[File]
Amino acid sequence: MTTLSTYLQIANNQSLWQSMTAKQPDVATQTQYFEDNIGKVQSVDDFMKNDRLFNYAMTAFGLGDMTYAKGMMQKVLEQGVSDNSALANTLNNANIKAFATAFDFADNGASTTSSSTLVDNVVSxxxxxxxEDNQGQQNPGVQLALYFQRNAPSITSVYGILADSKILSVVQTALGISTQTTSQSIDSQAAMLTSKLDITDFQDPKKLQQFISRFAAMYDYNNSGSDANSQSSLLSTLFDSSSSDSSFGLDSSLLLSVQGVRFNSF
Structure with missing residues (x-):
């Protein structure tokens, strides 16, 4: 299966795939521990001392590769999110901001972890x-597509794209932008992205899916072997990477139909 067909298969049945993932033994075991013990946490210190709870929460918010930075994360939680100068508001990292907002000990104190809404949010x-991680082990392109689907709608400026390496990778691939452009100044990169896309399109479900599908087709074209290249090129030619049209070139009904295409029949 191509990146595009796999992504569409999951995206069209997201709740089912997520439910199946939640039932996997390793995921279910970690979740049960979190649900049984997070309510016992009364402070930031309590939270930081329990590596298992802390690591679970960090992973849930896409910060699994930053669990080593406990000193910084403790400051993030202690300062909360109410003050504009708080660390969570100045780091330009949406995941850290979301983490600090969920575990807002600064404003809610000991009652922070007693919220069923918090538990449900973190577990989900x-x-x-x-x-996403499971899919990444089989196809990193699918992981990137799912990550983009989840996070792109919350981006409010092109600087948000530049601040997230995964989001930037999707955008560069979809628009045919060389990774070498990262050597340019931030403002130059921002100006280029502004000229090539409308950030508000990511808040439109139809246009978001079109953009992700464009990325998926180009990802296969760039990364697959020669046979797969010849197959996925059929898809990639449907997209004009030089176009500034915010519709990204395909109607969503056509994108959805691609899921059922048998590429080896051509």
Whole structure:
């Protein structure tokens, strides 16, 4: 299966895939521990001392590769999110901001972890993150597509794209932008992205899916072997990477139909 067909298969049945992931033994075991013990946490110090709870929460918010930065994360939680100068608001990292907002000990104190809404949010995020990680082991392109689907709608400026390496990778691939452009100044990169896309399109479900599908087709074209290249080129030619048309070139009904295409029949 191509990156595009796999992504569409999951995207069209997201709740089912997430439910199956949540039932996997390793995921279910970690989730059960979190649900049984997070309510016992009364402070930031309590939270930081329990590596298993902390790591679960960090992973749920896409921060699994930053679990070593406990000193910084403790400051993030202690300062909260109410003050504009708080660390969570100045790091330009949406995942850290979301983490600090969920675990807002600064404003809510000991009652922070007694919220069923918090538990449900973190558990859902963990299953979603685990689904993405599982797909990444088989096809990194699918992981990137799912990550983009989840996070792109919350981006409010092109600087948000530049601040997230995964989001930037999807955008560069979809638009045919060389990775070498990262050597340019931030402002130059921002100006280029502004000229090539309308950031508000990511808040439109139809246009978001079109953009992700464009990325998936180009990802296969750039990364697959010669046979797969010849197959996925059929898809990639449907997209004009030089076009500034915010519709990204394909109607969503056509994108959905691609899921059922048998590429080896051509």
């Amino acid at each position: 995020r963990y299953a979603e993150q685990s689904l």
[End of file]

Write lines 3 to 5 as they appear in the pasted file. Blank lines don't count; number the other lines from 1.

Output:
């Protein structure tokens, strides 16, 4: 299966795939521990001392590769999110901001972890x-597509794209932008992205899916072997990477139909 067909298969049945993932033994075991013990946490210190709870929460918010930075994360939680100068508001990292907002000990104190809404949010x-991680082990392109689907709608400026390496990778691939452009100044990169896309399109479900599908087709074209290249090129030619049209070139009904295409029949 191509990146595009796999992504569409999951995206069209997201709740089912997520439910199946939640039932996997390793995921279910970690979740049960979190649900049984997070309510016992009364402070930031309590939270930081329990590596298992802390690591679970960090992973849930896409910060699994930053669990080593406990000193910084403790400051993030202690300062909360109410003050504009708080660390969570100045780091330009949406995941850290979301983490600090969920575990807002600064404003809610000991009652922070007693919220069923918090538990449900973190577990989900x-x-x-x-x-996403499971899919990444089989196809990193699918992981990137799912990550983009989840996070792109919350981006409010092109600087948000530049601040997230995964989001930037999707955008560069979809628009045919060389990774070498990262050597340019931030403002130059921002100006280029502004000229090539409308950030508000990511808040439109139809246009978001079109953009992700464009990325998926180009990802296969760039990364697959020669046979797969010849197959996925059929898809990639449907997209004009030089176009500034915010519709990204395909109607969503056509994108959805691609899921059922048998590429080896051509």
Whole structure:
């Protein structure tokens, strides 16, 4: 299966895939521990001392590769999110901001972890993150597509794209932008992205899916072997990477139909 067909298969049945992931033994075991013990946490110090709870929460918010930065994360939680100068608001990292907002000990104190809404949010995020990680082991392109689907709608400026390496990778691939452009100044990169896309399109479900599908087709074209290249080129030619048309070139009904295409029949 191509990156595009796999992504569409999951995207069209997201709740089912997430439910199956949540039932996997390793995921279910970690989730059960979190649900049984997070309510016992009364402070930031309590939270930081329990590596298993902390790591679960960090992973749920896409921060699994930053679990070593406990000193910084403790400051993030202690300062909260109410003050504009708080660390969570100045790091330009949406995942850290979301983490600090969920675990807002600064404003809510000991009652922070007694919220069923918090538990449900973190558990859902963990299953979603685990689904993405599982797909990444088989096809990194699918992981990137799912990550983009989840996070792109919350981006409010092109600087948000530049601040997230995964989001930037999807955008560069979809638009045919060389990775070498990262050597340019931030402002130059921002100006280029502004000229090539309308950031508000990511808040439109139809246009978001079109953009992700464009990325998936180009990802296969750039990364697959010669046979797969010849197959996925059929898809990639449907997209004009030089076009500034915010519709990204394909109607969503056509994108959905691609899921059922048998590429080896051509």